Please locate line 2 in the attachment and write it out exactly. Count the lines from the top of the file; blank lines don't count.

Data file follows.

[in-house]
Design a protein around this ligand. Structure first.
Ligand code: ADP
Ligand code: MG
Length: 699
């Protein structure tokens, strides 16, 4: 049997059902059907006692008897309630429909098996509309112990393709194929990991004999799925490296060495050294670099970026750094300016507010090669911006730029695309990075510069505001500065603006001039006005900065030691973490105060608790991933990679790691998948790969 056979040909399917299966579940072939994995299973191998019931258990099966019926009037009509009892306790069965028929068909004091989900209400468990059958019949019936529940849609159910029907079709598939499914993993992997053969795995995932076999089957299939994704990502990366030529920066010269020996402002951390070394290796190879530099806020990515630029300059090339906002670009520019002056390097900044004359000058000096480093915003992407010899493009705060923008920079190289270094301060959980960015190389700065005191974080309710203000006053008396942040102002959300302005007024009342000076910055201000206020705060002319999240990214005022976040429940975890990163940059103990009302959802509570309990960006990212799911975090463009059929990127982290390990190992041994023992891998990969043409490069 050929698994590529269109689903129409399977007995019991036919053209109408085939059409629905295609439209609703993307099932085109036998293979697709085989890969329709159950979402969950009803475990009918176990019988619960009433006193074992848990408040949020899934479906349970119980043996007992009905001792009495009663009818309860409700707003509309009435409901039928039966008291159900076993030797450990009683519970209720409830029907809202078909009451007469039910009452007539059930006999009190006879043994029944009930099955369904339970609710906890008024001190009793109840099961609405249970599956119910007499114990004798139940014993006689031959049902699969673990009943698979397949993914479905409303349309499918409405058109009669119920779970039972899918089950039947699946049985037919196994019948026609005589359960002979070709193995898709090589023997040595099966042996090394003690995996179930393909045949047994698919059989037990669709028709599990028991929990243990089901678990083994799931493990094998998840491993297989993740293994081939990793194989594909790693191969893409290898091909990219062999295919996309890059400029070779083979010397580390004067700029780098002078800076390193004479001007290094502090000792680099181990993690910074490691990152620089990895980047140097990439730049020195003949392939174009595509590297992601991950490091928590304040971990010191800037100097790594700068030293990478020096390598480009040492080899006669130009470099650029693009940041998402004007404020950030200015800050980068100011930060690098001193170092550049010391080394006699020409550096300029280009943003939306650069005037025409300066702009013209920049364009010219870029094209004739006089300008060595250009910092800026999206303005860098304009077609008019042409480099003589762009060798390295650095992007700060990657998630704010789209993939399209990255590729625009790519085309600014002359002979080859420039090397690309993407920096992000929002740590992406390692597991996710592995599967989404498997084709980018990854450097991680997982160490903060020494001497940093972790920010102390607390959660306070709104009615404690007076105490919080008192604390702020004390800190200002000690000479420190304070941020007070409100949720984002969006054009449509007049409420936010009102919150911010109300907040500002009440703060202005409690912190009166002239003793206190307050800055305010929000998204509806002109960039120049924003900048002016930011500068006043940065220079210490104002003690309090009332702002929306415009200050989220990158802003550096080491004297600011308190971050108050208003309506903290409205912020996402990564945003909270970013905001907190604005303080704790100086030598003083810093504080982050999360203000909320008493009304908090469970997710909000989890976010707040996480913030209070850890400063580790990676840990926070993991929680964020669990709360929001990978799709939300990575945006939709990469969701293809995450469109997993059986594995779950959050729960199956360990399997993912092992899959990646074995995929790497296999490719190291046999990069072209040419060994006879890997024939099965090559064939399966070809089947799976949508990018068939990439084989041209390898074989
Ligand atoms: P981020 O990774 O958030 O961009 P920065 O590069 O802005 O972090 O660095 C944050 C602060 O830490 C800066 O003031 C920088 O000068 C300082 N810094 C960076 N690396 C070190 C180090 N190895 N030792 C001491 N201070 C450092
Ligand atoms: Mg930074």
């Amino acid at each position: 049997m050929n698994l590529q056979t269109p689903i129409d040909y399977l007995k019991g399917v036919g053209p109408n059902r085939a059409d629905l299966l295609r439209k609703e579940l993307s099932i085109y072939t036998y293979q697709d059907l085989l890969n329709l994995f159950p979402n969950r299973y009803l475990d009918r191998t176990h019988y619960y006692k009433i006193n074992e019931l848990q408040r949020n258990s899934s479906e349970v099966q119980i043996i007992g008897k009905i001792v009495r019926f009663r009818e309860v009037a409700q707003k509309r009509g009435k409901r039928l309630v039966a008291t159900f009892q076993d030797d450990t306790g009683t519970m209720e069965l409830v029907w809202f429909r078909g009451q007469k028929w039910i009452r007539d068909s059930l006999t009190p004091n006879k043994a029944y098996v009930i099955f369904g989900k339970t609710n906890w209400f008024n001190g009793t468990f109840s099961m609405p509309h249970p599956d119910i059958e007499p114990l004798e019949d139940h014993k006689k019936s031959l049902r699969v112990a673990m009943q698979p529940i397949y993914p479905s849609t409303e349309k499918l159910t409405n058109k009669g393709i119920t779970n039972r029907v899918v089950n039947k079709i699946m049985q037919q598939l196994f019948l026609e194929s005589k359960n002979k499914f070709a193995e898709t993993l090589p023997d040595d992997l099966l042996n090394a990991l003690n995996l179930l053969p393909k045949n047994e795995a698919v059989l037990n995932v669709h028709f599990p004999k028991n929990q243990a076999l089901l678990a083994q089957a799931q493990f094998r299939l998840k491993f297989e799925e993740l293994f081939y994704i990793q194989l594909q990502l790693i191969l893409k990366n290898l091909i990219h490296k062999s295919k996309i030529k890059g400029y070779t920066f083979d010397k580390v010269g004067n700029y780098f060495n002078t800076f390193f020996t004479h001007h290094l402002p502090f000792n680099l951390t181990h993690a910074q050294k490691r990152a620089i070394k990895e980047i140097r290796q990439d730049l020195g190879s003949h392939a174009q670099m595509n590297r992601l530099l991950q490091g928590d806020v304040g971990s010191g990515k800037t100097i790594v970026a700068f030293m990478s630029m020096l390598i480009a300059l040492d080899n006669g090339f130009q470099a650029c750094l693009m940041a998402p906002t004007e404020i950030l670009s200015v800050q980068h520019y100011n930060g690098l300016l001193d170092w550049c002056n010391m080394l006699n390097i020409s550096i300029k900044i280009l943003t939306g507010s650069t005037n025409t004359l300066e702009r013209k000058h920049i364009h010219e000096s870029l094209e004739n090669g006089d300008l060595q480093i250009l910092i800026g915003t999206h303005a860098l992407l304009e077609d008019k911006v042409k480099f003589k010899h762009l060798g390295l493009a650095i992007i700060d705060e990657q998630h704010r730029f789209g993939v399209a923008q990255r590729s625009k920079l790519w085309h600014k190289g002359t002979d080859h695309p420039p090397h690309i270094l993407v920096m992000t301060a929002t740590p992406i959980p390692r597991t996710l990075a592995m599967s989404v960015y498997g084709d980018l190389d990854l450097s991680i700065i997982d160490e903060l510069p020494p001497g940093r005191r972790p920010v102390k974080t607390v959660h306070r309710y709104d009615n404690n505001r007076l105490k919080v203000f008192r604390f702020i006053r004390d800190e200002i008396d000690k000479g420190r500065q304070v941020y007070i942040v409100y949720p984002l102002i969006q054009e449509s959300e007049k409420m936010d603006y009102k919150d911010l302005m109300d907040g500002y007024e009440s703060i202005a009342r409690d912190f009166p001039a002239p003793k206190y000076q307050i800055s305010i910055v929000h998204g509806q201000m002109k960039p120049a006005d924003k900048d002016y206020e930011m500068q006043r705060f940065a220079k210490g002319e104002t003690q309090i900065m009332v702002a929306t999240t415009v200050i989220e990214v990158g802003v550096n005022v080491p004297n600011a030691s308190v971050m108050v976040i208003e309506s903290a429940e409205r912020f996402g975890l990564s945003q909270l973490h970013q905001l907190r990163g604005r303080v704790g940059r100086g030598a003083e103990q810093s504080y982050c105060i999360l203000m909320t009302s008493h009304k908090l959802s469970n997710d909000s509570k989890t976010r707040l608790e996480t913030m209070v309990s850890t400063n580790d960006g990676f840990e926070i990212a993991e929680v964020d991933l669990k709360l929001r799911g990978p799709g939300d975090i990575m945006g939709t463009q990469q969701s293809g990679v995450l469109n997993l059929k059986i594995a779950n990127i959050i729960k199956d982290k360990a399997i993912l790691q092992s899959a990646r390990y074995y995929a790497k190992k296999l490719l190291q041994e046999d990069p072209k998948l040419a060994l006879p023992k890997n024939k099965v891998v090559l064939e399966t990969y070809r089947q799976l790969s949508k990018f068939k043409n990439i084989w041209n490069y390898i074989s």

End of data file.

Design a protein around this ligand. Structure first.